Yesterday, I shared my doubts about the prospect of getting budget and organizational data from the White House. Today, I'm happy to report genuine progress on open data from Congress.
The Government Printing Office announced today that it will be making House bills available in XML format and in bulk through FDsys, GPO’s Federal Digital System. House bills now join other material on GPO's bulk data page.
If you're like me, following that link gives you some idea of what's there, but clicking through any further gives you no idea how to use it any more than other copies of bills. That's OK, because the kids with the computers do know how to use it. And they can take well structured, timely data reflecting the proposals in Congress and turn it into various information services, applications, and web sites that make all of us better aware of what's happening.
I believe the public has an Internet-fueled expectation that they should understand what happens in Congress. It's one explanation for rock-bottom esteem for government in opinion polls. Access to good data would help produce better public understanding of what goes on in Washington and also, I believe, more felicitous policy outcomes—not only reduced demand for government, but better administered government in the areas the public wants it. (If you're a reader of a certain partisan bent, you might appreciate the idea that the era of passing bills to find out what's in them will end.)
Upon the release of my Cato Policy Analysis, "Grading the Government's Data Publication Practices" I characterized President Obama as lagging House Republicans in terms of transparency. Today's development helps solidify Republicans' small lead. The GPO release says the initiative comes "[a]t the direction of the House Appropriations Committee, and in support of the task force on bulk data established by House report 112-511."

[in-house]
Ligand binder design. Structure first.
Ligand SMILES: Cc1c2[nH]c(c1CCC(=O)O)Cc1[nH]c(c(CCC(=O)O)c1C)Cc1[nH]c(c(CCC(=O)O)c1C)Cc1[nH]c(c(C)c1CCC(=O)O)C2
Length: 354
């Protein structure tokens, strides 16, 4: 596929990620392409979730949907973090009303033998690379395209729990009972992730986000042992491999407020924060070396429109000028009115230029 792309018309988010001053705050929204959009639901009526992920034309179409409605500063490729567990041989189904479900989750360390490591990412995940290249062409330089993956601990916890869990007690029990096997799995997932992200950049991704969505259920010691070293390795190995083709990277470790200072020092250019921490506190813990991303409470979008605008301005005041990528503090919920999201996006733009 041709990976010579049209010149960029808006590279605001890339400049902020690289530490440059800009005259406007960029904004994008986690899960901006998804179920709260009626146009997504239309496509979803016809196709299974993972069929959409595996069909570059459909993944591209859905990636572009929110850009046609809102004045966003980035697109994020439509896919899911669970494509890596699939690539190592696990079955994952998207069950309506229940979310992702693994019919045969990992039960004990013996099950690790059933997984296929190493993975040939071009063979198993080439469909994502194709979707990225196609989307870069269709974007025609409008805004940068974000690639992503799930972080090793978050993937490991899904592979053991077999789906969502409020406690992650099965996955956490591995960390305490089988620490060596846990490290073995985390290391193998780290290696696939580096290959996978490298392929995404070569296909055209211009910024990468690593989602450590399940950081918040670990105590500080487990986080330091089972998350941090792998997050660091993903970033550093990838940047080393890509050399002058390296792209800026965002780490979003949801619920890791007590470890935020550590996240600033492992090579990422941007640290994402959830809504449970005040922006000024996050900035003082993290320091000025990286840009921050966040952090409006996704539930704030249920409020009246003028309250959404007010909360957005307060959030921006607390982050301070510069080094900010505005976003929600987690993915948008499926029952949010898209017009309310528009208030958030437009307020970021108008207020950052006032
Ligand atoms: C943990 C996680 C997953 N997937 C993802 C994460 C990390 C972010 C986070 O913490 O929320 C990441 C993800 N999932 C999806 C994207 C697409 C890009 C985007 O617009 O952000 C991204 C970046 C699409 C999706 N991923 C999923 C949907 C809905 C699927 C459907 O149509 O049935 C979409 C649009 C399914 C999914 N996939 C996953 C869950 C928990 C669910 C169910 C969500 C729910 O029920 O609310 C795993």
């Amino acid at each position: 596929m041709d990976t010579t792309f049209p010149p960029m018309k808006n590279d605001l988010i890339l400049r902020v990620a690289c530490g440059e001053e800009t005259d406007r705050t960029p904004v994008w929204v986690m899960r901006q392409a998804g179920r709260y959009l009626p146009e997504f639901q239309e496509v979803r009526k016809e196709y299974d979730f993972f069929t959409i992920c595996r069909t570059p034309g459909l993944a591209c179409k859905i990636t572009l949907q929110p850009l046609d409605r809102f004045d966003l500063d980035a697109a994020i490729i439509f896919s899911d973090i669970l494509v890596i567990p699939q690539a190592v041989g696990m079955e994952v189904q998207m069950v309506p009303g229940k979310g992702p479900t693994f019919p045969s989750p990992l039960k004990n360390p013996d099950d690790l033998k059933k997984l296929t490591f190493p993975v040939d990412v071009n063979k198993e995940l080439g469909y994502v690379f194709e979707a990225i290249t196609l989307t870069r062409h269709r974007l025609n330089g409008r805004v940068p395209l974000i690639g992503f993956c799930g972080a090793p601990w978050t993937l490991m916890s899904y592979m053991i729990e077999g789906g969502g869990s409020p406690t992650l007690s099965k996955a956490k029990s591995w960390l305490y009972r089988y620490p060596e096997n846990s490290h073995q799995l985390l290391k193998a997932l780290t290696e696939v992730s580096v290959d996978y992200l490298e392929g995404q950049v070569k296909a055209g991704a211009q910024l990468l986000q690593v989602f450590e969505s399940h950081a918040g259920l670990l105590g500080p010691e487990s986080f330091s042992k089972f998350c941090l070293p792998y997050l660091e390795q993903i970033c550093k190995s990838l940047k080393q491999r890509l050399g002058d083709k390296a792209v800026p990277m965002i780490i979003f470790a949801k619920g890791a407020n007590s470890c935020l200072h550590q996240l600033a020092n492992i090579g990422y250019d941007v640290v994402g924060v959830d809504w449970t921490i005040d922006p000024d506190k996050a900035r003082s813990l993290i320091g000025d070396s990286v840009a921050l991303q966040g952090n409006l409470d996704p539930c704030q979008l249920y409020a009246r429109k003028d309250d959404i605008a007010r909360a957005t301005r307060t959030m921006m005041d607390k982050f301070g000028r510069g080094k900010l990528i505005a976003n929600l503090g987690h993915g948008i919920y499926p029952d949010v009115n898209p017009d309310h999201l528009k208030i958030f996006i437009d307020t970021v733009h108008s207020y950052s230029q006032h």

The administration has plenty of capacity to retake the lead, of course, and could do so quite easily. I'll call it like I see it, doing my best to reflect consensus among the transparency community as to the quality of data publication, when we return to grading the data produced by various organs of government in another year or so.
Did you think this praise would come without garnish? It's like you don't know me at all.
For now, this data is of limited use because it includes only House bills. The entire oeuvre of congressional bill-writers should be published the same way in the same place so that contrasts and comparisons can be drawn among House and Senate work. In short, why is the Senate not on board?
That I've been able to find, the XML is not well documented. What each of the technical codes means is understood by several people in Washington's transparency community, but the idea is to make it available very broadly, so the documentation should be very strong. The information at xml.house.gov should be updated, tightened up, and made easily available to the people gathering bill data on FDsys.